May God grant us the courage, strength, discernment, and above all the love, to faithfully embark on this sacred journey so that we may arrive together at the beauty, glory and light of the Resurrection of Christ at Pascha.

With paternal love and blessings,

Holy and Great Lent, 2022

With paternal love and prayers,

X Archbishop Nikitas of Thyateira and Great Britain

Father Peter’s Funeral, 18th September 2020

Here is a link to an article on the Deanery Website (Archdiocese of Thyateira and Great Britain) about Father Peter’s funeral, which took place in Higher Cemetery in Exeter on Friday 18th September:

Funeral Arrangements for Father Peter

Dear Friends,

We would like to thank you all for your prayers and expressions of love after the death of Fr Peter on Friday.

We deeply regret that due to current Covid-19 restrictions the funeral can only be attended by close family. However, we understand how loved and respected he was by all, and we would like to provide the opportunity to say goodbye. Therefore, Fr Peter will be resting in our parish church of St Anne’s this week.

Please do visit him on Tuesday 15th, 10am-8pm, or Wednesday 16th September, 10am -2pm.

In order to adhere to current guidelines, you will be greeted at the gate and advised how to proceed, either one at a time or in family groups. While many of us will want to give a farewell kiss, we have to ask that you do not touch his body or coffin directly. Instead, you will be given a small icon of St Peter, that you may venerate in his presence.

Please be aware that you may have to wait while others say their goodbyes. We ask that you wait outside the gates until directed to enter in order to safeguard the residents.

We ask that you please do not bring flowers. However, there will be a collection box for donations to our sister parish in Uganda.

Fr Peter will be buried on Friday and we invite you to light a candle in his memory and we know that you will be with us all in spirit.

If you have any further enquiries, please do not hesitate to make contact with:

Michelle Gallaher – 07817 332717 or Alice Scorer – 07858 063250

A Letter from Father Peter, 14th May 2020

Dear parishioners and friends,

It is now over eight weeks that we have not been able to gather in our church for services, for the Divine Liturgy.

This must be very hard for many of us.  We are so used to coming to church on a Sunday, to receive the life-giving holy Gifts, the Body and Blood of our Saviour, for the remission of sins and for life everlasting.

I know that for many of us our coming together in the church is also a time of communion with each other.  Over the fifty years of our parish life, many of us have formed close bonds, friendships, and for many of you our church is also a home away from home.

Our church is a place of comfort, a source of healing, a true home, the home of our Lord, where we are in the presence of our Saviour, His blessed Mother and all His saints.

We are now having to live like the desert fathers, alone in our cells.  But this does not mean that we are alone.  We can be together in love and in our thoughts, but above all in our prayers. I encourage you all to pray for one another.

Please rest assured that you are all in my prayers, and if you have any special requests for prayer, or if you have names of people you would like me to add to the list of those I remember at the Divine Liturgy, which together with Irina I celebrate every Sunday, please do write to me or call me.

If you need to contact me for any reason, please do not hesitate to do so.,   Tel:  01392 278585, mob: 07811 128275

A reminder that three times a week the services which I take at home can also be seen on the parish Facebook page.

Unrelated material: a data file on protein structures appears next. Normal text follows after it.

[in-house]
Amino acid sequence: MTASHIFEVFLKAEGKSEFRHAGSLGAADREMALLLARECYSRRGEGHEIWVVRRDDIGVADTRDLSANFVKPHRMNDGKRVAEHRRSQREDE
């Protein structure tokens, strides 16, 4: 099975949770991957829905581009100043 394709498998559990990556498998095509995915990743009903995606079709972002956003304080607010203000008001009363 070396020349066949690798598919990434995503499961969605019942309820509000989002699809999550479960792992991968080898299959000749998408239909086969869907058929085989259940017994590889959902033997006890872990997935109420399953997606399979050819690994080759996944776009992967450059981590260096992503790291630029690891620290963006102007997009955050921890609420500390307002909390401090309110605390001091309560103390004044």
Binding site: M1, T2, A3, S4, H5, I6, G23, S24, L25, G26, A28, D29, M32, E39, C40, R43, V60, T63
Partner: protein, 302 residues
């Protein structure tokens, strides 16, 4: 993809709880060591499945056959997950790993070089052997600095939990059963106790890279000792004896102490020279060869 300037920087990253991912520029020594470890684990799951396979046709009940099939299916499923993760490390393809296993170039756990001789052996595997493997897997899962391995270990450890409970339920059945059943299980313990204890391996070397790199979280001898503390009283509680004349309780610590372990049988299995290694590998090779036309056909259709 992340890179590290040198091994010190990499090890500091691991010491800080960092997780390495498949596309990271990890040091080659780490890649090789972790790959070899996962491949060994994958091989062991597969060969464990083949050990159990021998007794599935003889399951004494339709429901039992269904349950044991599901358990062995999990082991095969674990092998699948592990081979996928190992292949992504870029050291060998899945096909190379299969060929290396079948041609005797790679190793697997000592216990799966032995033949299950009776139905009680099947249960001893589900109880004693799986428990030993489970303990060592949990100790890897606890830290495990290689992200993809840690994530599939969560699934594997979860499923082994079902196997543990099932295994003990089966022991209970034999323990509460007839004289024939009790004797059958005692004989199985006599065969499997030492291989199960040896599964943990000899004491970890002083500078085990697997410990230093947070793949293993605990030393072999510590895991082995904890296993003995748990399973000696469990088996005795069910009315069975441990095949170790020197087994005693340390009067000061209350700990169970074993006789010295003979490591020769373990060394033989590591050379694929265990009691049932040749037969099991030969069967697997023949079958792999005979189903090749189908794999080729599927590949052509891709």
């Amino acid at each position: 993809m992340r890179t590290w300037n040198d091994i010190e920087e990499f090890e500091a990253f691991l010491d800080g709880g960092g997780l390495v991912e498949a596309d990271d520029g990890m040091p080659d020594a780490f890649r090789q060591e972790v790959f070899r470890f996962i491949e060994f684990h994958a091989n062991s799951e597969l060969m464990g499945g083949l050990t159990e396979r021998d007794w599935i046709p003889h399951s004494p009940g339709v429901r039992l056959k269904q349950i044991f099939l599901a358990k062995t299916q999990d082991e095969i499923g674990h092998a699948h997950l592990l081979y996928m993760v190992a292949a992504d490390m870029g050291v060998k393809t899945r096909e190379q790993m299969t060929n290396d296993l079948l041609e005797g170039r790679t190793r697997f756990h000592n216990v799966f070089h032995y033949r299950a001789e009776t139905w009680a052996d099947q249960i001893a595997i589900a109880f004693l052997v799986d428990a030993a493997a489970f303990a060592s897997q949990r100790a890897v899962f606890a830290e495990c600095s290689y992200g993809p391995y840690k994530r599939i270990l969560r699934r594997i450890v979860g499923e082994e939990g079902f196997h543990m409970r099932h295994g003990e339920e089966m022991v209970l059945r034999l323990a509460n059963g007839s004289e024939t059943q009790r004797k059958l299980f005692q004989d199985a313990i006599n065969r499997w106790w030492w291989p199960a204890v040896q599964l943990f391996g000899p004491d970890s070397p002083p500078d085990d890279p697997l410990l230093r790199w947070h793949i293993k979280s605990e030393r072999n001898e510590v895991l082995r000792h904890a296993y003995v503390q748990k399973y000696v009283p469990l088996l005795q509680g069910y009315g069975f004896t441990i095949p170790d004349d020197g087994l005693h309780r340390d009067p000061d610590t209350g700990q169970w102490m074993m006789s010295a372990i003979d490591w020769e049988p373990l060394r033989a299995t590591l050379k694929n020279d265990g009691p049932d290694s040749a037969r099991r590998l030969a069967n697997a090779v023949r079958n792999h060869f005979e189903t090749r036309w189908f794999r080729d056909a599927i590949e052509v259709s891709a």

God willing, it may be possible, in the not too distant future, for us to gather together for prayer once again.

May God bless you all!

Father Peter

”On the last day, that great day of the feast, Jesus stood and cried out, saying, ‘If anyone thirsts, let him come to me and drink. He who believes in me, as the Scripture has said, out of him (out of his belly) will flow rivers of living water.’  (Jn 7: 37-38)

And we can all have “rivers” flowing out of us of “living water,” – of compassion, kindness, wisdom, creativity, courage, patience, humility and love,  “Come and abide in us” today, Lord, as we choose to come and abide in You.

(Paraphrased from Vassa Larin).

Great and Holy Thursday – a letter from Fr. Peter

Beloved parishioners and friends,

Peace I leave with you; my peace I give you. I do not give to you as the world gives. Do not let your hearts be troubled and do not be afraid. John 14:27

We are now moving into the final days of Christ’s passion, and more than ever we shall miss the possibility of gathering together in our church on Great and Holy Friday to witness the events leading to the Crucifixion, death and burial of our Lord, God and Saviour Jesus Christ.

It will be painful for us to hear the words sung on Holy Thursday at the celebration of the Divine Liturgy: ‘Of Thy mystical supper, O Son of God, today admit me a partaker…’ when we cannot come to church and receive the Holy Body and Blood of Christ.

We shall not be able to come together to share in the Resurrection of Christ, to proclaim ‘Christ is Risen!’ and to embrace each other with the joy of this radiantly beautiful feast.

But do not despair. Remember that Christ stands knocking at the door of our hearts and of our homes. Remember how Zacchaeus, in one of the Sunday readings of preparation for the Fast invited Christ into his home, and Christ said to him, ‘Today is salvation come into this house..’ Remember also how the apostles, gathered together in a room in Jerusalem in fear, after the Resurrection, refused to believe that Christ had risen, and how He came into the room, even though the doors were closed. He is knocking at the door of our homes and our souls. Invite the risen Christ into your homes.

‘Did not the women who came to anoint him pause and “say nothing to anyone,” when the young man at the tomb told them to be apostles to the apostles? Did not the disciples in Emmaus ask how this could have happened before Jesus explained it all to them on a long walk? We love public drama, but God announced the good news of Jesus’ resurrection quietly – and it hinges on a word. And when Jesus does appear, it’s not through a grand entrance in a splendiferous temple – he appears among the dejected disciples in a room with locked doors. We are in good company today, and for however long this pandemic lasts. The love of God can pierce all hearts, through locked doors, through the hardened hearts of disciples who hid in fear, through the disruption caused by a pandemic. He is among us, even in our worst hour’. (Dcn. Nicholas Denysenko)